We are big ones in our family for making the most of the holidays and, with half-term coming up next week, the discussions have already started about what we are going to do and where we are going to go (with my daughter pushing for the seaside, because who doesn’t want to paddle and eat ice-cream in the freezing cold?). It got me thinking about what we’d done last year, and how a lot of them are wonderful places that aren’t always first on a tourist to do list but are really worth a visit. So, starting today and periodically as I find the photos, I thought I would share them – starting with Middleham Castle in North Yorkshire, which we visited last summer.
Despite living not that far away (about an hour), we actually rented a cottage in Middleham for one of the half-terms, giving us the opportunity to head out each day and see places it might have been just a bit too far to drive to otherwise with a six-year old in the car. Right in the middle of Middleham is the castle, so it was our first stop of the week and – because of how close it was – the last, where we had a lovely picnic in the castle grounds.
It was great walking through the village and seeing the castle rise up from behind the houses (quite a few of which were apparently built with castle stone). Built in the 12th Century, the castle was added to over the years to become a luxurious fortress before being allowed to become a ruin during the reign of the Tudors.
It was the childhood home of Richard III and one of his favourite places to stay throughout his life, becoming part of his Northern power base. The castle belonged to the Neville family, the Earls of Westmoreland and of Warwick, who were Richards’s wards, and it was here Richard met his wife, Anne Neville, and where his son died aged 10 or 11.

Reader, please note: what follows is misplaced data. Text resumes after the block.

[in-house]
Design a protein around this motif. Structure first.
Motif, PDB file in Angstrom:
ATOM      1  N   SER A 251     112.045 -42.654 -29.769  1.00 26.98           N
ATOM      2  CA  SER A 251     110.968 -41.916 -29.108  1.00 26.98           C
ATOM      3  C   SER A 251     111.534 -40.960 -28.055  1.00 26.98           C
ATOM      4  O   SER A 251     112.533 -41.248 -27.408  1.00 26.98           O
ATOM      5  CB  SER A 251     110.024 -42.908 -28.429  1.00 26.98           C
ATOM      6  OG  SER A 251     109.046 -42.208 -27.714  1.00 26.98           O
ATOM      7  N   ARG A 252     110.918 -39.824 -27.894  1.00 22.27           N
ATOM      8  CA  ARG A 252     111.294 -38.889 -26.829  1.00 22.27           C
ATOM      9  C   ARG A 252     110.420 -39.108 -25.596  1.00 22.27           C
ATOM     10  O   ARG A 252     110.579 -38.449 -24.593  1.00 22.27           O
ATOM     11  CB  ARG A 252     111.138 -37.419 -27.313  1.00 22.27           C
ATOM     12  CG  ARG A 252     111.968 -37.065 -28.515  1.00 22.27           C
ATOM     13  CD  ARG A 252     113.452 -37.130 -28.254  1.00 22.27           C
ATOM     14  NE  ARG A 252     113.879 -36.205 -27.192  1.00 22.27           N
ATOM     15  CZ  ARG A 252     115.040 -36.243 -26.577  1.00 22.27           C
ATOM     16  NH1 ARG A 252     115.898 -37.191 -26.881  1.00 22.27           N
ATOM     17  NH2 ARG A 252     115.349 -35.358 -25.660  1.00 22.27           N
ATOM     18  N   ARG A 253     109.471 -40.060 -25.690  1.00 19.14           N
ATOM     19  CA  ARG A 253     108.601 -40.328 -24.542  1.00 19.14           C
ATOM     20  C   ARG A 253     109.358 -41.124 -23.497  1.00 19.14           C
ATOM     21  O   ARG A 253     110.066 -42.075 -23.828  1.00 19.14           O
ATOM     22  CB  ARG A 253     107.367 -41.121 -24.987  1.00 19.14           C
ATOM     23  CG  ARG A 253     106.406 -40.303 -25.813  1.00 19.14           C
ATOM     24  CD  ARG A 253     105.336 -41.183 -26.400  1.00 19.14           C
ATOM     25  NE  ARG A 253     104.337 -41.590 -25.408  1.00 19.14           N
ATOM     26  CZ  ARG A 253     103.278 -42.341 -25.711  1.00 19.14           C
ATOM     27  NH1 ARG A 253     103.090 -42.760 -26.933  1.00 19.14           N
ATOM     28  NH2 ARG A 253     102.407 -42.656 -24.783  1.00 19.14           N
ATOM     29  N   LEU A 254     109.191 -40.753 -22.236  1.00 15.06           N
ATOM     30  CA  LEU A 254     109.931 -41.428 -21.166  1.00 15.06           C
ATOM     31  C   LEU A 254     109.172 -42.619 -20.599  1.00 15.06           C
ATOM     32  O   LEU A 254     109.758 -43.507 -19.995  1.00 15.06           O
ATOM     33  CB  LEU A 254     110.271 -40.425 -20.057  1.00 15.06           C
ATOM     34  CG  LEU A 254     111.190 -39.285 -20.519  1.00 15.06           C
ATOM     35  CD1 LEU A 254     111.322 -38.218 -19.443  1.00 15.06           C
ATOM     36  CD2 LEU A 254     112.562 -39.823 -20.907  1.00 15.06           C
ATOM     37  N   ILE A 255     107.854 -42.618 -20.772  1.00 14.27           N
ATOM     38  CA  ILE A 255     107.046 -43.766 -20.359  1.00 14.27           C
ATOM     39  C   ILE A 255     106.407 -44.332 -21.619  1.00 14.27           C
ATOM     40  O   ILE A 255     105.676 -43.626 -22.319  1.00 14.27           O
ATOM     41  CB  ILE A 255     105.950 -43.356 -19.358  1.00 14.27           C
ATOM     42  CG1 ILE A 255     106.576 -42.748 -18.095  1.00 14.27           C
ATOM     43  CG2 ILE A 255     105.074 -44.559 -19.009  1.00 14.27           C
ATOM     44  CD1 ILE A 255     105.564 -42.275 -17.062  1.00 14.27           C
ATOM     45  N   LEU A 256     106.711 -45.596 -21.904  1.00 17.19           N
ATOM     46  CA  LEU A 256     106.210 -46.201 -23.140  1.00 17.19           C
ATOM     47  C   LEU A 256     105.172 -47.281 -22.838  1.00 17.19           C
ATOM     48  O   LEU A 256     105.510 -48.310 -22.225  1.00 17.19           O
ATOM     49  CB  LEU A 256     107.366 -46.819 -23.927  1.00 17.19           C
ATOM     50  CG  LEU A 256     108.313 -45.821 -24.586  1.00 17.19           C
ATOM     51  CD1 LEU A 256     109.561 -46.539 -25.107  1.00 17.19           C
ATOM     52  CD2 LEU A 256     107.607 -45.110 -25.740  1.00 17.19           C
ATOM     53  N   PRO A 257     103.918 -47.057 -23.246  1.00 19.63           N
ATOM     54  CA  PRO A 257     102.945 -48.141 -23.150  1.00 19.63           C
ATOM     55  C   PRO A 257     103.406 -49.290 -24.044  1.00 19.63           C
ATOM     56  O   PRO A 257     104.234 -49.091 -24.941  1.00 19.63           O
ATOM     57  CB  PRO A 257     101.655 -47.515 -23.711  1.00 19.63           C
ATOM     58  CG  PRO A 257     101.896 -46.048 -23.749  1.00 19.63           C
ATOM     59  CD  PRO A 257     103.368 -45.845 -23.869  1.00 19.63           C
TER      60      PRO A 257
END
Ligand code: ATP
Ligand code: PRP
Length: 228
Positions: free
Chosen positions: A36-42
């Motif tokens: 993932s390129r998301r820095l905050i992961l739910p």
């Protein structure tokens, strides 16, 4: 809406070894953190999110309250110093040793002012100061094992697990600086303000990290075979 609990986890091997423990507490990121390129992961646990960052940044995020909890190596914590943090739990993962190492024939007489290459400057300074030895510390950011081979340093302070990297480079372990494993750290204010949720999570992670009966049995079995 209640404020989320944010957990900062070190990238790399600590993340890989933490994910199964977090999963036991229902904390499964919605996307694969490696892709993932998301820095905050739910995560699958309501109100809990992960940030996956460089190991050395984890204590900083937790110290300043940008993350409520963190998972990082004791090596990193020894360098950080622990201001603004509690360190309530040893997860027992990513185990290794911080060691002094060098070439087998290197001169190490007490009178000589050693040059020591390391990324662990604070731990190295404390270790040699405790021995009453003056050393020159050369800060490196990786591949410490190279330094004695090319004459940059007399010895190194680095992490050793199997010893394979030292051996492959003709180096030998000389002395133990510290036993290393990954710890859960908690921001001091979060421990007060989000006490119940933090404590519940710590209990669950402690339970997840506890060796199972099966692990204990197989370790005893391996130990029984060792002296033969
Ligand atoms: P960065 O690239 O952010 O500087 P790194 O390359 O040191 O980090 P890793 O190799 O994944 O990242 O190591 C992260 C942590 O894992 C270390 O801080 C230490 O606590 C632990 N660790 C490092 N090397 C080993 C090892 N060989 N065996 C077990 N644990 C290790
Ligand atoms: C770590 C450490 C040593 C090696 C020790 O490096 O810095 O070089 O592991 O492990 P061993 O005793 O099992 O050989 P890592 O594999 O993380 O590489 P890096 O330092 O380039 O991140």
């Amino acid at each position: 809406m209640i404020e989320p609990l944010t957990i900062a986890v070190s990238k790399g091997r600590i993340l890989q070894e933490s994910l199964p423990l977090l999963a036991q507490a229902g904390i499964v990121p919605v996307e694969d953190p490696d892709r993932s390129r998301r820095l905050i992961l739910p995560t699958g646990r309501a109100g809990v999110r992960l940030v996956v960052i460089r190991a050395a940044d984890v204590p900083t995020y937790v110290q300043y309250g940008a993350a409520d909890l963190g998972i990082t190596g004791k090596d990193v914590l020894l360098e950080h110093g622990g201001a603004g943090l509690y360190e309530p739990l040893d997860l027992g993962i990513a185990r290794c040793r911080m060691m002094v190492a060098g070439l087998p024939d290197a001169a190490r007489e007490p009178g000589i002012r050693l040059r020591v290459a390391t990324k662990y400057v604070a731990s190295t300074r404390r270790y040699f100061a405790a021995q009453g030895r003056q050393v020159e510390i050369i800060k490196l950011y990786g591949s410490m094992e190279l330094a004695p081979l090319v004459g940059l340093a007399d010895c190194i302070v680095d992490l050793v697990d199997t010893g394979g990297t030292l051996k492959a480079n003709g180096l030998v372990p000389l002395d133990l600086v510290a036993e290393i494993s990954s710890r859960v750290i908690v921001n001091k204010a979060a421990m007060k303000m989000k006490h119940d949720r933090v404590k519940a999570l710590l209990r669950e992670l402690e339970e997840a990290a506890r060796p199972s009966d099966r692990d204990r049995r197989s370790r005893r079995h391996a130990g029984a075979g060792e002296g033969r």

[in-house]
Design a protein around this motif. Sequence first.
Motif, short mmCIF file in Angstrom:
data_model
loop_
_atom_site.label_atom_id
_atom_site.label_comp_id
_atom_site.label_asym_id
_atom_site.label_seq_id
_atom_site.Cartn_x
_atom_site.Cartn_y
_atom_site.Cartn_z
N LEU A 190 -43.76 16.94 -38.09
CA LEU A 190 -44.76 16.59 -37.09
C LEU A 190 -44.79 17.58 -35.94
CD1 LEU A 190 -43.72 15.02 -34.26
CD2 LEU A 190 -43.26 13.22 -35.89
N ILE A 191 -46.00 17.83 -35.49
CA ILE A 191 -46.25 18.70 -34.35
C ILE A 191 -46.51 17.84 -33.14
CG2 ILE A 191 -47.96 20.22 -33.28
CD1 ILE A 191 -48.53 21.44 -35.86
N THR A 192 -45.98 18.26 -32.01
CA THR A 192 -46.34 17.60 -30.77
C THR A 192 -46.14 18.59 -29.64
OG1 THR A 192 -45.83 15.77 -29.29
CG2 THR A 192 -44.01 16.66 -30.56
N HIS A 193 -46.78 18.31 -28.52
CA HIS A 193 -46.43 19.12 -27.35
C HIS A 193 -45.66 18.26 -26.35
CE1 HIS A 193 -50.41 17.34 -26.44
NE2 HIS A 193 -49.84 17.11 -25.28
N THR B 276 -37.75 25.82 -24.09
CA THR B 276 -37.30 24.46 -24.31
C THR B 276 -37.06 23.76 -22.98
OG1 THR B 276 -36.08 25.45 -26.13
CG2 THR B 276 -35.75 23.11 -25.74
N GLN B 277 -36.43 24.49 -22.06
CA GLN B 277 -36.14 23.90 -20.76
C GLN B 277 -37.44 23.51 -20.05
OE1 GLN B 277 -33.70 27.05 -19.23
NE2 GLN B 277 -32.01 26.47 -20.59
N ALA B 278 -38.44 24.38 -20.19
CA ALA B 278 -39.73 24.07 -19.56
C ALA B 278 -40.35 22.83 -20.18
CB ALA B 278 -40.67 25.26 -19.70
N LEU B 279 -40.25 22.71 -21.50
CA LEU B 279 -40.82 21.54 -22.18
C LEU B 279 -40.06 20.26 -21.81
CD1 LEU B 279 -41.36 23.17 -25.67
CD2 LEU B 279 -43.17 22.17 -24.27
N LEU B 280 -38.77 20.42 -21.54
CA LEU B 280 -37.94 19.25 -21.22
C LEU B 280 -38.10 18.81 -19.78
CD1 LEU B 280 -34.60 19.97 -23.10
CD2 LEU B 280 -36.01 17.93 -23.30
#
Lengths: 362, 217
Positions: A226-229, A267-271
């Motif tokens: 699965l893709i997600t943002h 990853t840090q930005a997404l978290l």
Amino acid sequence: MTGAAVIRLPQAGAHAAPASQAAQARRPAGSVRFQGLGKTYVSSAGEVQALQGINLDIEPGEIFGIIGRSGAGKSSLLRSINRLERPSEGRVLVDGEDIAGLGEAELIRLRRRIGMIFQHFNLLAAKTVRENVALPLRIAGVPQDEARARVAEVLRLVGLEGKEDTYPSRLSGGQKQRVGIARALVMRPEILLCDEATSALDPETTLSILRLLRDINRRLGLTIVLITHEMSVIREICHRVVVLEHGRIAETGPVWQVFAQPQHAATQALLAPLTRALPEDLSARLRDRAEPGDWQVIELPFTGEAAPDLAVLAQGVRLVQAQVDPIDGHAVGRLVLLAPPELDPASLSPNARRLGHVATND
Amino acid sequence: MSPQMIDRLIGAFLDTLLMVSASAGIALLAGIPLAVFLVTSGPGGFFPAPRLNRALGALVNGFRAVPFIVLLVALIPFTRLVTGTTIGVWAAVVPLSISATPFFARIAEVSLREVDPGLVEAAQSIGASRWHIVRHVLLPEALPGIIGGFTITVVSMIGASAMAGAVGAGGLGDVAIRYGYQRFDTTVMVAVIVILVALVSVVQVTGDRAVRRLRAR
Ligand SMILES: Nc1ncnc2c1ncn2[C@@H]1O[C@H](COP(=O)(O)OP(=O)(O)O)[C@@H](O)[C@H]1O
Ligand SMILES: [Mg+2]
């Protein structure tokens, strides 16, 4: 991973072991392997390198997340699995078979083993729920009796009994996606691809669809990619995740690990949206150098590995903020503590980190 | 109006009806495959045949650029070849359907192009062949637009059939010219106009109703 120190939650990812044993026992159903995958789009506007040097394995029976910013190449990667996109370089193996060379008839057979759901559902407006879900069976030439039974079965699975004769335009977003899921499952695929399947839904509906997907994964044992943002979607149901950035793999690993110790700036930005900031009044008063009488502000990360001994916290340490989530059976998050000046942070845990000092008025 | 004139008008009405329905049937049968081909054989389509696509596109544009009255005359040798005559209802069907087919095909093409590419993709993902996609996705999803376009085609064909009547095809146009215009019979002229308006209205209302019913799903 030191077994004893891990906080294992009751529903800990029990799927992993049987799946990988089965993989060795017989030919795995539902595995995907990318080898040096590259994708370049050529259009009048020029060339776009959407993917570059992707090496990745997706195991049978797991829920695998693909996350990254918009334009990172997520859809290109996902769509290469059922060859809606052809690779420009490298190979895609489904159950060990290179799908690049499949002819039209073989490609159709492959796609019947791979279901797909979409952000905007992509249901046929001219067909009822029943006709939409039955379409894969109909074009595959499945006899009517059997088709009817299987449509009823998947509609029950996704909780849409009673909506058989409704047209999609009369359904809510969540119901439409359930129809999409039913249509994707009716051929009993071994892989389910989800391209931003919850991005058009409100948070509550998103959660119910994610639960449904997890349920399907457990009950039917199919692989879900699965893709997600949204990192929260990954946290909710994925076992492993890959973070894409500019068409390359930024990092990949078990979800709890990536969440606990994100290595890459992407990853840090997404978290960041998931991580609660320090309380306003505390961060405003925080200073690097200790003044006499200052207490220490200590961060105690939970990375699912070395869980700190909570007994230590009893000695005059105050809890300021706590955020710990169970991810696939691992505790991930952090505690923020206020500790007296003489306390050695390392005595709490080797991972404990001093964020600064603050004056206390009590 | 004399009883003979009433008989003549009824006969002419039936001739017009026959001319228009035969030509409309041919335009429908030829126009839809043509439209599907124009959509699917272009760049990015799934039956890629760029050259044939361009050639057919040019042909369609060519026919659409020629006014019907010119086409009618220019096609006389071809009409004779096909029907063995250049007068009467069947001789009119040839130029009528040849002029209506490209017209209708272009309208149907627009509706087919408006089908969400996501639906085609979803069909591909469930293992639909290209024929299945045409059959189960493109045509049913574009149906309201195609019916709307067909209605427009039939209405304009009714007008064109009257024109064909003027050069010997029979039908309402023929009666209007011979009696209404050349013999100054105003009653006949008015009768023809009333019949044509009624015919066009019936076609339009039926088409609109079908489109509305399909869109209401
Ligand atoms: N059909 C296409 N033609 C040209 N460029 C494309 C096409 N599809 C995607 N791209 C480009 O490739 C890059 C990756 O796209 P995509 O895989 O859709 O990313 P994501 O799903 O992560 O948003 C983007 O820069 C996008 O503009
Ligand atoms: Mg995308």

During The War of the Roses, both Edward IV and Henry VI were prisoners here at different times. Because I was reading about the War of the Roses at the time, this was the most interesting part of the castle’s history for me but there is so much more to it than that and we spent a good hour or so walking around the grounds and learning more about it’s past, plus that of Middleham (if I remember correctly, for example, the town still say a mass on Richard’s birthday).
To help you get your historical bearings, there is information in all of the key people connected to the castle in a small exhibition space and children get an activity sheet for going around the castle, encouraging them to look for features etc. There is also plenty of space for them to run around and explore. My daughter loves these type of historical sites where there is freedom for her to be a kid, whilst we learn lots of boring old facts!
And, once you’re done with the castle, because you are slap bang in the middle of the village, you can spend time wandering the streets and popping into shops and pubs (both of which we did a fair bit). There are some lovely independent shops, three pubs and a couple of tea rooms, all of which we ate in and none of which I wouldn’t say give a go to. It all makes for a lovely day out or longer visit and I know, for one, we’ll definitely be back.
What about you – what are your half-term plans (if you have half-term next week) – is this type of day out your idea of fun?